The first talk of the afternoon session was given by Professor Philip Home of the Human Diabetes Research Institute, University of Newcastle on the subject of 'Restoring Physiological Insulin Delivery'. Professor Horne's first salient point was that insulin is still injected 75 years after its discovery. A tendency for the peptide to hexamerise, its acid solubility and surface adsorption coupled with a widely varying physiological requirement, slow and erratic absorption from the subcutaneous site and poor bioavailability (insulin has a half-life of approximately 5 minutes in the circulation) underline the challenges inherent in delivering insulin effectively. Control of insulin delivery via glucose sensors is desirable but indwelling sensors present biocompatibility problems. Implanted insulin pumps have suffered from long-term incompatibility of insulin with pump surfaces. Promising advances have however been achieved in design of insulin molecules to prevent hexamer formation and improve absorption rate or to prolong absorption time to mimic basal insulin delivery between meals. Not surprisingly, Professor Horne's specification of an ideal insulin delivery device : diameter 10µm, 107 per person, multiple inputs, fast response, no calibration, lifespan 70 years, powered by the measured (glucose) molecule fitted the Islet B-cells of the pancreas and turned attention once more to the potential of cell encapsulation technology.
Dr David Chaplin from the Gray Laboratory, Cancer Research Trust described the opportunities for targeting tumour epithelium so as to cause shut-down of the tumour vascular function leading to secondary tumour cell death. Significant selectivity between tumour and normal tissue response is the key to effective targeting. Combretastatin (A-4 disodium phosphate) was found to cause vascular shut-down at 1/10 the maximum tolerated dose and short in vitro drug exposure resulted in long-term anti-proliferative/cytotoxic effects against proliferating but not quiescent endothelial cells. The potency of combretastatin A-4 was convincingly illustrated by an impressive video recording of progressive vascular shut-down and tumour necrosis in vivo in experimental models.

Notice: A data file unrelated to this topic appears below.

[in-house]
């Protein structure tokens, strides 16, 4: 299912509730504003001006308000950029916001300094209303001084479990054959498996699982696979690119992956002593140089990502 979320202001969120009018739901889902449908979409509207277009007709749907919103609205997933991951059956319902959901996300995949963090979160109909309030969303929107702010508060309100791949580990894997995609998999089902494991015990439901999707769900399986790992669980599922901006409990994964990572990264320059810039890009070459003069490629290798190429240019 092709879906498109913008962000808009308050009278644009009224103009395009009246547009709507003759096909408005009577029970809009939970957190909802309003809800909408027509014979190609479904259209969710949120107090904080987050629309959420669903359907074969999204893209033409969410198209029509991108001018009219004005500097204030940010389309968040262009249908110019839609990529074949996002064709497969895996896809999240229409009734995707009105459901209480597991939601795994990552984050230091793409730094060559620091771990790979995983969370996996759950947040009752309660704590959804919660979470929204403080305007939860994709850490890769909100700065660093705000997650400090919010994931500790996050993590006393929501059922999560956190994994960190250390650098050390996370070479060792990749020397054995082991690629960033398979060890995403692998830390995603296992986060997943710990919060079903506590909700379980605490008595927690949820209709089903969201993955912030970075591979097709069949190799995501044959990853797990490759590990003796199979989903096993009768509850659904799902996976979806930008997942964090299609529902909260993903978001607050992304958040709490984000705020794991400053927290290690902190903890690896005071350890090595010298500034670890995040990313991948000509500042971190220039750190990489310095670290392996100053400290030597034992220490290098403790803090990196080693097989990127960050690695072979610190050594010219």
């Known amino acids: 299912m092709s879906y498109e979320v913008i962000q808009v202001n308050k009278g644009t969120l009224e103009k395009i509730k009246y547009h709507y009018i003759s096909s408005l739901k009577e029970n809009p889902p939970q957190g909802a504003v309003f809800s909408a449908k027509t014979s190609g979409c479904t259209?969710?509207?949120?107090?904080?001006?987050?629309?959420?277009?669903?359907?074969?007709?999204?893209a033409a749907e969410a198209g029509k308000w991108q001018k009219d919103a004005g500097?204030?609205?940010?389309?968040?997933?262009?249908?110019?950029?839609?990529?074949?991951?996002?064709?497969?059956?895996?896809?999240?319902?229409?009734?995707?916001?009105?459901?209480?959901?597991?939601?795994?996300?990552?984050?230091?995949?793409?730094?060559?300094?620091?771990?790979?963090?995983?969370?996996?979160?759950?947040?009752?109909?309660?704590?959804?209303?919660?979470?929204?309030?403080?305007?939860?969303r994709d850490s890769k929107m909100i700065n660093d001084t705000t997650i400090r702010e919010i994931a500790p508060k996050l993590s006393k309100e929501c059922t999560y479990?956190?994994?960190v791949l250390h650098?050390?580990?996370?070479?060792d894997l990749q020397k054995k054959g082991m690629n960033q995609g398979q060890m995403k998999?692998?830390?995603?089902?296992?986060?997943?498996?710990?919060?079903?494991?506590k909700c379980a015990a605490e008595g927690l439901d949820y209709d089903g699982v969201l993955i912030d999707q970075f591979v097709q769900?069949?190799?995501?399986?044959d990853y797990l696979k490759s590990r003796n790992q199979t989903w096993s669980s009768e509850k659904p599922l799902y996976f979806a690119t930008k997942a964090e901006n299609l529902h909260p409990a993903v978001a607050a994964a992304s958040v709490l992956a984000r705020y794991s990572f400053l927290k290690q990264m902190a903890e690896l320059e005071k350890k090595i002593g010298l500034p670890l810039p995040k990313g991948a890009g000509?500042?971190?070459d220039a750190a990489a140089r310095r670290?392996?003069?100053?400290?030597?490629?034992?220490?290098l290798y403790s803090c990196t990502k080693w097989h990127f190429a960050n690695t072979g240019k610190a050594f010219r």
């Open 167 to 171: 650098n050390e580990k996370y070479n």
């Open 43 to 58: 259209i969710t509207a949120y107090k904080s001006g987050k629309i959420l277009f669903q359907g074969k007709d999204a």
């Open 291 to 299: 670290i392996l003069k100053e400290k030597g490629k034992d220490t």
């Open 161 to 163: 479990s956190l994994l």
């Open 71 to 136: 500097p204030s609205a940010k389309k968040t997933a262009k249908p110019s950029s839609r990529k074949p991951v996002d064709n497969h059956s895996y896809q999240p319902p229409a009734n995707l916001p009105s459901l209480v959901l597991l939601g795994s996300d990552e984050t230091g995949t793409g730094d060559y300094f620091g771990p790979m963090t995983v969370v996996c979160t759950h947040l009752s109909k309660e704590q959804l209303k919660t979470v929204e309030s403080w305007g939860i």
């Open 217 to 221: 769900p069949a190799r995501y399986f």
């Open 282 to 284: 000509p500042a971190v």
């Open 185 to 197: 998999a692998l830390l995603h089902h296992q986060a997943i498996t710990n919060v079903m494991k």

The coffee break provided valuable extra minutes for Dr Friederick Rudenbekke to reach the lecture theatre after flying in from Germany as a late replacement for Dr DeGrande of 3M. The talk on novel transmucosal (TMD) and buccal drug delivery systems centred on the advantages of 3Ms 'Cydot' adhesive patch devices which are positioned on the gingiva of the gum. The system has been used to deliver melatonine, buprenorphine and low Mw heparin and can provide rapid or sustained delivery, good dose response and reproducibility. Other advantages include low inter-subject variability and avoidance of first pass liver metabolism. An intriguing future prospect raised by Dr Rudenbekke involved TMD of therapeutic proteins and peptides.
The scientific session was brought to a close by Dr Glynn Wilson of Access Pharmaceuticals who described some of the challenges facing the development of novel polymer therapeutics. In particular, polymer conjugates as pro-drugs or as components of particulate systems had been shown to provide a number of opportunities for improving drug efficacy by exploiting disease-related physiological changes (eg 'leaky' tumour endothelium) and specific drug release mechanisms. However the successful translation of innovative research into commercial products necessitated integration of basic research with essential development activities. These included detailed safety assessments, patent protection, pre-clinical and clinical testing and education of industry and clinicians.
An extremely interesting meeting, notable for the high level of audience participation through enthusiastic questioning of the speakers, was closed by Professor Wilson. The two winners of the £500 prizes for best posters were Aminul Islam from the Dept. of Pharmaceutical and Biological Sciences at Aston for 'Studies on uptake and sub-cellular trafficking of antisense oligodeoxynucleotides using self assembling cationic lipids as delivery systems' and Alison Potts from the Dept. Of Pharmaceutical Sciences, University of Strathclyde for ' In vivo determination of the oesophageal retention of smart hydrogels'.
It remains for the chairman and committee members of UK-Ireland CRS to wish Aminul and Alison bon voyage and good luck in Vegas!